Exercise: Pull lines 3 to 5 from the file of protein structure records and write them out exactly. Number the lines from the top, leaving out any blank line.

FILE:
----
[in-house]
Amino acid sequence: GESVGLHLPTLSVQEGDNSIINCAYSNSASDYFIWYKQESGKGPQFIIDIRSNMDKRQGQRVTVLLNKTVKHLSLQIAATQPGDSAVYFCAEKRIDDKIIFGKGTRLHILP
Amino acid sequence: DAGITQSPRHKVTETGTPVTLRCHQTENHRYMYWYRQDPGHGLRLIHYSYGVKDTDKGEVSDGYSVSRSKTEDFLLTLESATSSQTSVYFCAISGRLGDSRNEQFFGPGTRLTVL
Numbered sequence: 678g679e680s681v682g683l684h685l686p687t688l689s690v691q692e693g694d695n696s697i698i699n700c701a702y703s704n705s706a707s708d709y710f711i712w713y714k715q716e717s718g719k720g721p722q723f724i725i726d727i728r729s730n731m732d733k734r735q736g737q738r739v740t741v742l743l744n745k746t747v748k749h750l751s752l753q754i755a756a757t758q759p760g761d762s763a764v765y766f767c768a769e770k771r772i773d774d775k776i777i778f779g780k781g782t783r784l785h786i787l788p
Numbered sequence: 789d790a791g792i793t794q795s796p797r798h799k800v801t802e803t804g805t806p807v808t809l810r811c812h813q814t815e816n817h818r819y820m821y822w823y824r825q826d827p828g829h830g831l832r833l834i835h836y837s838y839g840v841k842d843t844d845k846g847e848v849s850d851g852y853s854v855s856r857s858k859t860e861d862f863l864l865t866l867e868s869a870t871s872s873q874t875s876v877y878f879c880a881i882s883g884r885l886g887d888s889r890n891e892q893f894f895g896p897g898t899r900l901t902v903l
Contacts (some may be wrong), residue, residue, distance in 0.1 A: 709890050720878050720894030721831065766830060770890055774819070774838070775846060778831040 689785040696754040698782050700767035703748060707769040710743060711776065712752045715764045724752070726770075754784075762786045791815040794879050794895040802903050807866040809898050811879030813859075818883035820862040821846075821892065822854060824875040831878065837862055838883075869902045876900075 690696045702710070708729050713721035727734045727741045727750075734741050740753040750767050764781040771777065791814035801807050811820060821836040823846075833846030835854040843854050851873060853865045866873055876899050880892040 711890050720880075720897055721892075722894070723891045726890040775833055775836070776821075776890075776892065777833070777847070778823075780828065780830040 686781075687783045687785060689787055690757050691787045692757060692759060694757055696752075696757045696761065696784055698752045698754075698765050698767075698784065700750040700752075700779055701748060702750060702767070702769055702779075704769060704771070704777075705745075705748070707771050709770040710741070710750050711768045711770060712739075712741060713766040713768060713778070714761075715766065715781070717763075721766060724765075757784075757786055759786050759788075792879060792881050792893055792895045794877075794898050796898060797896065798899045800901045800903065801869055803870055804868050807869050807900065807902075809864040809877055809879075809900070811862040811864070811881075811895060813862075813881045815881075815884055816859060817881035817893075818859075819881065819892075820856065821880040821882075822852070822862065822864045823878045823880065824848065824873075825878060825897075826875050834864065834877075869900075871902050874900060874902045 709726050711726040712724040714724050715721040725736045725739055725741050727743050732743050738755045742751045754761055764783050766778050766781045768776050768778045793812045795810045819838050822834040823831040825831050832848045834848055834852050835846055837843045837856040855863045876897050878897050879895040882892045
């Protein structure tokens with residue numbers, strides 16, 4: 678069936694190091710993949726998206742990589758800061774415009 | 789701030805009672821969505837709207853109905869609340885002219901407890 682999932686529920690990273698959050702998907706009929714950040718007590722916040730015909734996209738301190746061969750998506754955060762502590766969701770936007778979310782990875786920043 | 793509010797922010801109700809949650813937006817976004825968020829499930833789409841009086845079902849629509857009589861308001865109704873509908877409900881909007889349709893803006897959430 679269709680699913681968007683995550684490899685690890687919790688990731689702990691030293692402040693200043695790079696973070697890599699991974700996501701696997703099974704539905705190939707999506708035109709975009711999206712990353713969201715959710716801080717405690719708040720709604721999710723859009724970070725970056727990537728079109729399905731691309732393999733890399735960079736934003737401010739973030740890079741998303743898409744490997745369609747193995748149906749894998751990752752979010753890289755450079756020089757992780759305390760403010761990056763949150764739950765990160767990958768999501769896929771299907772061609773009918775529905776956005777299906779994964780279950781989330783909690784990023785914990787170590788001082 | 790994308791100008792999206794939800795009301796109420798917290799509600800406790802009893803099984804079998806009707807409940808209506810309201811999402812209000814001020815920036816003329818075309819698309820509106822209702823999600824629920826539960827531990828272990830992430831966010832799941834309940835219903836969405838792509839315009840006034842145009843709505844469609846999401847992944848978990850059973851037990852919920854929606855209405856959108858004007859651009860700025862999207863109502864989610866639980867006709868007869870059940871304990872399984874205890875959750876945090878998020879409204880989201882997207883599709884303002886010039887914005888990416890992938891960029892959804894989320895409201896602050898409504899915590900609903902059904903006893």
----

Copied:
Amino acid sequence: DAGITQSPRHKVTETGTPVTLRCHQTENHRYMYWYRQDPGHGLRLIHYSYGVKDTDKGEVSDGYSVSRSKTEDFLLTLESATSSQTSVYFCAISGRLGDSRNEQFFGPGTRLTVL
Numbered sequence: 678g679e680s681v682g683l684h685l686p687t688l689s690v691q692e693g694d695n696s697i698i699n700c701a702y703s704n705s706a707s708d709y710f711i712w713y714k715q716e717s718g719k720g721p722q723f724i725i726d727i728r729s730n731m732d733k734r735q736g737q738r739v740t741v742l743l744n745k746t747v748k749h750l751s752l753q754i755a756a757t758q759p760g761d762s763a764v765y766f767c768a769e770k771r772i773d774d775k776i777i778f779g780k781g782t783r784l785h786i787l788p
Numbered sequence: 789d790a791g792i793t794q795s796p797r798h799k800v801t802e803t804g805t806p807v808t809l810r811c812h813q814t815e816n817h818r819y820m821y822w823y824r825q826d827p828g829h830g831l832r833l834i835h836y837s838y839g840v841k842d843t844d845k846g847e848v849s850d851g852y853s854v855s856r857s858k859t860e861d862f863l864l865t866l867e868s869a870t871s872s873q874t875s876v877y878f879c880a881i882s883g884r885l886g887d888s889r890n891e892q893f894f895g896p897g898t899r900l901t902v903l